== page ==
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On the face of it, defining ‘Secure Cloud’ is straightforward – it’s a cloud that is has greater security protection than a regular one.   

But that’s not quite the full story.  

A Secure Cloud offering, however, is inevitably going to mean many different things to many different people. The meaning will change depending on the value of the data or workloads which need to be protected – primarily assessed by what they mean to the cloud service user, and to the cloud service user’s stakeholders.   

When considering institutions which are public sector organisations, their primary stakeholder will be the UK citizen. With that, the definition of Secure Cloud changes. Further, when your users are institutions, maybe underpinning education, or healthcare, or perhaps even Defence or National Security in the UK, the definition of Secure Cloud changes once more, often on a case-by-case basis.  

Ultimately, a Secure Cloud can accommodate these workloads, no matter the individual security classification, the residency of personal data, or the specifics of data sharing requirements. A true Secure Cloud should enable choice, innovation and collaboration whilst maintaining data security and workload integrity.  

‘Secure Cloud’ is a subjective term, and the definition for your industry may differ from that of another.   

But one thing is certain…  

All public sector organisations must assess the security credentials of their Cloud Service Provider (CSP) – and their hosted cloud solutions – before potentially compromising valuable datasets, or getting locked into a cloud solution that cannot meet their operational requirements or local compliance regulations.  


A recent data privacy judgement, known as Schrems II, ruled last year that the 2016 ‘Privacy Shield’ framework for data transfers between the EU and US was insufficient. Amongst the legal jargon one message was clear – data transfers with the US would always need special attention.

This judgment has implications for UK businesses, raising concerns around sharing data with countries outside of GDPR (such as the US), who have adopted a surveillance culture. The UK’s post-Brexit decision to operate similar regulatory frameworks as the EU requires similar caution: future data sharing with the US will require much more diligence, and will be watched closely by the EU. It’s more evident than ever that the US privacy culture is no longer similar to that of the UK and EU. The requirement of legal action to dismiss the ‘Privacy Shield’ framework, once accepted as adequate, should send alarms ringing for organisations in the UK whom rely on cloud solutions.  

With a growing disparity in the different privacy rules amongst many countries and trading blocs, organisations must be aware of where their data is. Sovereignty, residency and data protection for the UK public sector has never been more important. Especially in an age where the data underpinning applications and services is becoming increasingly valuable, to users, to states and to criminals. A Secure Cloud must be able to protect your data from external factors which could compromise its confidentiality, sovereignty and integrity. But it’s not just a ‘protector’ – a Secure Cloud must be an enabler too. With only 20% of Local and Central Government organisations stating recently that they feel they can safely share data to effectively collaborate with partners and other agencies, there must be a greater focus on comprehensive uptake of secure cloud to enable the true value of data. We will discuss the importance of this more shortly…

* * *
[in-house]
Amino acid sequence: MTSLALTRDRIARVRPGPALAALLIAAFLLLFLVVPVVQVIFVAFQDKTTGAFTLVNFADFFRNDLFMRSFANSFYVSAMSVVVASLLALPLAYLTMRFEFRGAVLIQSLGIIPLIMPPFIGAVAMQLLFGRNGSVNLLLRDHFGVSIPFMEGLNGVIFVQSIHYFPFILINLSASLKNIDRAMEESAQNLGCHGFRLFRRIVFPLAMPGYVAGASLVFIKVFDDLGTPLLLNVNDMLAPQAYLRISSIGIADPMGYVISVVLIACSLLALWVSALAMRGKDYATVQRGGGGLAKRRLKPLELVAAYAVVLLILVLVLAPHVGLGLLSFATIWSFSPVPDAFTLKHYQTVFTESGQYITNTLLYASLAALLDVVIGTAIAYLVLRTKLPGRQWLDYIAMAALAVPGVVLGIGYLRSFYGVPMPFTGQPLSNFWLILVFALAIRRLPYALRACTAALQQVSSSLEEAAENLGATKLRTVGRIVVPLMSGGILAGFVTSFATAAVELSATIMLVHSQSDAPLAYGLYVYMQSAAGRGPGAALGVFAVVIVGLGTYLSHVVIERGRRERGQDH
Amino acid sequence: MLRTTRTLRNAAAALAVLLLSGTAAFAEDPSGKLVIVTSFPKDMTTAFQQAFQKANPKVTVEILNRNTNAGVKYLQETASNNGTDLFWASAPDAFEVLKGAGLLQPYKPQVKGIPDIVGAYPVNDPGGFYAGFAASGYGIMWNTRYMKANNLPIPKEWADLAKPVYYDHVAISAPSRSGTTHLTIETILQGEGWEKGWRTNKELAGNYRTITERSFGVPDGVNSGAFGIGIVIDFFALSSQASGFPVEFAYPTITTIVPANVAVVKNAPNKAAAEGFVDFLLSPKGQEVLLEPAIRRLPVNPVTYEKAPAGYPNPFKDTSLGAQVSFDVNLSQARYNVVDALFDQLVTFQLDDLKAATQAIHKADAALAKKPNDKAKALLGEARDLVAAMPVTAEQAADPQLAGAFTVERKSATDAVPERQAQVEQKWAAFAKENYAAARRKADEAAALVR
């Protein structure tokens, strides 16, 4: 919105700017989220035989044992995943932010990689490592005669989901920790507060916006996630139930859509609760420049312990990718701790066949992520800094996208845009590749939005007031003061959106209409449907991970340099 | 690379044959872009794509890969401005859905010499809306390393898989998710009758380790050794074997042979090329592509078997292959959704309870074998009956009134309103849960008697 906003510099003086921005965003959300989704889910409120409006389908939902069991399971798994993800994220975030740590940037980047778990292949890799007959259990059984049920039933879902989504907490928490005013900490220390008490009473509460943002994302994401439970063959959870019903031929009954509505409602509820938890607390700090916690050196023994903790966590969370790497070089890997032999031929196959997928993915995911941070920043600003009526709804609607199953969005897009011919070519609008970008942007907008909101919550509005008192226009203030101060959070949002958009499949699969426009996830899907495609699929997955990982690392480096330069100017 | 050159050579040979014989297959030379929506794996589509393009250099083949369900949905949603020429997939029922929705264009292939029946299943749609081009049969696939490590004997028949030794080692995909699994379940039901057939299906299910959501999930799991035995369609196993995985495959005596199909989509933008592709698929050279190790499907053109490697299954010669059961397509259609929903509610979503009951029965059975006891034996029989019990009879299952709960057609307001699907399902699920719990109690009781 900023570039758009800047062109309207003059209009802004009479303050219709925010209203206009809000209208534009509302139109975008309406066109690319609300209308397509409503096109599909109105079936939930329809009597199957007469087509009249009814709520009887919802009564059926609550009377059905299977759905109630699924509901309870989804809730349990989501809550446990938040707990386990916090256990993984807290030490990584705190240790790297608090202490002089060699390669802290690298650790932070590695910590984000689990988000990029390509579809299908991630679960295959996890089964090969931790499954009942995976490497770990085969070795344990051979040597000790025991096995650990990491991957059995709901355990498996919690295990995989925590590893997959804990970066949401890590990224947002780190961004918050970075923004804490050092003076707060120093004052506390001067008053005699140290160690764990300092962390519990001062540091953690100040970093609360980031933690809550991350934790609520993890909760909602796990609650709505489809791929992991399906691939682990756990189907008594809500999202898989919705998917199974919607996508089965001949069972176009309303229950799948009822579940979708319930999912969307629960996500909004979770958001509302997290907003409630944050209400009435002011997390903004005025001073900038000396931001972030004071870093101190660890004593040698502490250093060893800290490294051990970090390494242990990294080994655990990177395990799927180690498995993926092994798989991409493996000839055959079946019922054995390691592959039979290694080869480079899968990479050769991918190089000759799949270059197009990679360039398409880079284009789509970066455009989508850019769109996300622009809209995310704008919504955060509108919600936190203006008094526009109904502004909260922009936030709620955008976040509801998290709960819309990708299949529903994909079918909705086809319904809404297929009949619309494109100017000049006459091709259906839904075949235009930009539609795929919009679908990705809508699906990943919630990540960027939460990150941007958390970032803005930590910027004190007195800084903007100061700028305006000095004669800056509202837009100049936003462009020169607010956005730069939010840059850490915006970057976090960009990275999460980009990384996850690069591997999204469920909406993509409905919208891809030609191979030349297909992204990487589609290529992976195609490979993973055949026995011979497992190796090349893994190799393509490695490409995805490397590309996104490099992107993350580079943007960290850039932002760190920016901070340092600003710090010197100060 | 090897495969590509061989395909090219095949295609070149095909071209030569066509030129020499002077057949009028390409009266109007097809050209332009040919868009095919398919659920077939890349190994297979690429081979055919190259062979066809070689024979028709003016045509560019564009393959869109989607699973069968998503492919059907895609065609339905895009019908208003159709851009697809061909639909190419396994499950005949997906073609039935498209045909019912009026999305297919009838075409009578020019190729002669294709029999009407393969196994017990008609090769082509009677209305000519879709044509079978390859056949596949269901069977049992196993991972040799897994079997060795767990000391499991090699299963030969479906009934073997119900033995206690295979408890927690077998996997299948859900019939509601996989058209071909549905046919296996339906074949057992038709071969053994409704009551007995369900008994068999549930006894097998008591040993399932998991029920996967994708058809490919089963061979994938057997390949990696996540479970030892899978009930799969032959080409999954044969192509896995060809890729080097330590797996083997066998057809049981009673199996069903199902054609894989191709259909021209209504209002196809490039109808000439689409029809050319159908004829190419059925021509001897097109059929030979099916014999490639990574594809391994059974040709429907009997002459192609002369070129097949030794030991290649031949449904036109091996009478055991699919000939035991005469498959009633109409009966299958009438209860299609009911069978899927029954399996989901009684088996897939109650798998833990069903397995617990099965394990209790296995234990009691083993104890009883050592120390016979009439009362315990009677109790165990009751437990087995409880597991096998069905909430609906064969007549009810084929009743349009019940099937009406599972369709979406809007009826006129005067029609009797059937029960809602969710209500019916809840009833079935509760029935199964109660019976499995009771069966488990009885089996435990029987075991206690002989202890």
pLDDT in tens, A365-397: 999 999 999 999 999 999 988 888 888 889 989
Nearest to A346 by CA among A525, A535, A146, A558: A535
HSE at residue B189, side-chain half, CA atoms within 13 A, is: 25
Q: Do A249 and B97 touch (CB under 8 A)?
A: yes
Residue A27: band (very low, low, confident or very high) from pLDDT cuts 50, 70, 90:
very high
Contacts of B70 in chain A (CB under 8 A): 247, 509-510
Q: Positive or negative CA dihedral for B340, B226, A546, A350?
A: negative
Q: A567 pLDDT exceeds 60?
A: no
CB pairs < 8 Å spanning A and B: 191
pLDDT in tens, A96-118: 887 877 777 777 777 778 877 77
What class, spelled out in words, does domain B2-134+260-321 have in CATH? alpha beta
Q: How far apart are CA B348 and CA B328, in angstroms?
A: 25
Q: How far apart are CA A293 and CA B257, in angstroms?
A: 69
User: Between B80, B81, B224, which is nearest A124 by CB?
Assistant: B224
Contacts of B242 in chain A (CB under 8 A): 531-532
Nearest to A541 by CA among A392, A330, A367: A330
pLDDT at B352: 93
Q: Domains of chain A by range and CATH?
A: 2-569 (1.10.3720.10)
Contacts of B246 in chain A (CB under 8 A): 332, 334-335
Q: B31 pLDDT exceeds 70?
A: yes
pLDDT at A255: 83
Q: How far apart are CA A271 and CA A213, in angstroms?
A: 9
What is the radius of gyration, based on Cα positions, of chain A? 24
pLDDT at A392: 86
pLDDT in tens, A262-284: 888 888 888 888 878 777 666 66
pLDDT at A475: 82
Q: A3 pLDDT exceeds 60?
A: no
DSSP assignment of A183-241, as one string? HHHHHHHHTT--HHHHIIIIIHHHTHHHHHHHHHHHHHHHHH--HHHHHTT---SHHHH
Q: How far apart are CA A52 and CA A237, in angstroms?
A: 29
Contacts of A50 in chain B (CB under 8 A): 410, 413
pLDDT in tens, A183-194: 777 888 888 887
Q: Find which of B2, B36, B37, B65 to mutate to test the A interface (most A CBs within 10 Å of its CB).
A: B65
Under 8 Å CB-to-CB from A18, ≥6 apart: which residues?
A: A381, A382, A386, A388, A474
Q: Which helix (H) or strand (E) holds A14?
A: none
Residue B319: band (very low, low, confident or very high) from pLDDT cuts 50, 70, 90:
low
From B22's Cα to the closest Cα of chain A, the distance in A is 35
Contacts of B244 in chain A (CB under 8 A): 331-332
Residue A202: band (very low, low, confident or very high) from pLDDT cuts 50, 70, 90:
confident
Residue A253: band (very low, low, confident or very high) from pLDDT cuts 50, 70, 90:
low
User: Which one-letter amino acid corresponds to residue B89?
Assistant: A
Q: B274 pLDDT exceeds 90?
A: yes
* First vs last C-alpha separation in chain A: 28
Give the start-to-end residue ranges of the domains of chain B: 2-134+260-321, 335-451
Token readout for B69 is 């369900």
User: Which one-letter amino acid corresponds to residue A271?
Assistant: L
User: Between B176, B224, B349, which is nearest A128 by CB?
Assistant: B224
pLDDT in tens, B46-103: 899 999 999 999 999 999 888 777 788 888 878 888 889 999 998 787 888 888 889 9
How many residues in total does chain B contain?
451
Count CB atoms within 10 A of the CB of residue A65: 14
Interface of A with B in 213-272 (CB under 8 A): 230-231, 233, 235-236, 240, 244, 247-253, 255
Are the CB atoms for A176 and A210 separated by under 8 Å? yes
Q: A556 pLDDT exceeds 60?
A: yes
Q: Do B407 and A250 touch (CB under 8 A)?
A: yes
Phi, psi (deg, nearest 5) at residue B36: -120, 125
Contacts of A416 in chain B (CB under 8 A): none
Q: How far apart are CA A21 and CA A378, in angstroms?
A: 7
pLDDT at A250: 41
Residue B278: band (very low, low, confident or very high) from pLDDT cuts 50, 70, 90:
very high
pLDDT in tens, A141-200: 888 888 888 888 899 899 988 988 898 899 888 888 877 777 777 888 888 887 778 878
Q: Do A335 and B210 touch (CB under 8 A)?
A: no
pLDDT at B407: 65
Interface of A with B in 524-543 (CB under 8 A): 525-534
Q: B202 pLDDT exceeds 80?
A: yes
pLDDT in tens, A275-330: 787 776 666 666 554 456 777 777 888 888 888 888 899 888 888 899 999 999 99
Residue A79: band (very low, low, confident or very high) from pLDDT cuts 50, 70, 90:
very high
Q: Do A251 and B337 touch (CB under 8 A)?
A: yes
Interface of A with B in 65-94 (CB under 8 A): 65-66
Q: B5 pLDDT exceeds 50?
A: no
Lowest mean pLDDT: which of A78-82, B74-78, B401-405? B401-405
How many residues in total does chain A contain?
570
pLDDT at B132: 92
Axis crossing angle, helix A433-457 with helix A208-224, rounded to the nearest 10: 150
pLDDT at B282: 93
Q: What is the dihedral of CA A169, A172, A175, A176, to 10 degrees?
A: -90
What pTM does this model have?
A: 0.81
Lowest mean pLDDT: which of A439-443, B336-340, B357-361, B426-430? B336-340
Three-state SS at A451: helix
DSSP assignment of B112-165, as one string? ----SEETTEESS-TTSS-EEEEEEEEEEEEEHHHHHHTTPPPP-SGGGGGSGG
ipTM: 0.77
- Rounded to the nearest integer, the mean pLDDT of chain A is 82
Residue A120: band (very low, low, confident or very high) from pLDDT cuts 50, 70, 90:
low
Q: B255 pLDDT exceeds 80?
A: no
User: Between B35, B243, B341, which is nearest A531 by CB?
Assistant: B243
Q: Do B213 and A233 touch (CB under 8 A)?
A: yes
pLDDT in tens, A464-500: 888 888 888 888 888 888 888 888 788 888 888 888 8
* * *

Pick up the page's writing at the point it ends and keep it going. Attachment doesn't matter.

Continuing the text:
A very good question that doesn’t always have a straightforward answer. Different cloud service providers will make different declarations about the residence of your data. It’s your choice where you want your data stored, and what guarantees you seek for your data’s security – considerations driven by your own cloud strategy.  

It’s not just security that is affected by current data residency issues, as noted by UKCloud CEO Simon Hansford during a recent webinar hosted by the Centre for Policy Studies and HPE:  

“It’s widely understood that 94% of data in the western world is currently hosted in the US – that’s a near data monopoly. It does nothing to drive competition, value, or innovation.”  

It’s never been clearer that data sovereignty, especially for public sector organisations, is a significant requirement. The integrity of public sector data is becoming tainted, “organisations don’t actually know where their data is, they just think they do” (UKCloud State of Digital and Data Report). Organisations are placing their valuable data at risk.  

As well as the external view of digital and data that is of grave concern, it’s also the continued reliance of public sector organisations on outdated legacy IT estates to store their data and workloads. 53% of these organisations say their data remains on-premises, and reliance on this infrastructure is plaguing the public sector. Not just from a security point of view, but from one of enablement. It’s been over 8 years since the government’s ‘Cloud First’ policy, and now months on from the National Data Strategy, wherein public sector organisations were “encourage(d) to uptake digital technologies more broadly – both for the benefit of the economy and wider society”, it is clear there is still inhibitions about cloud.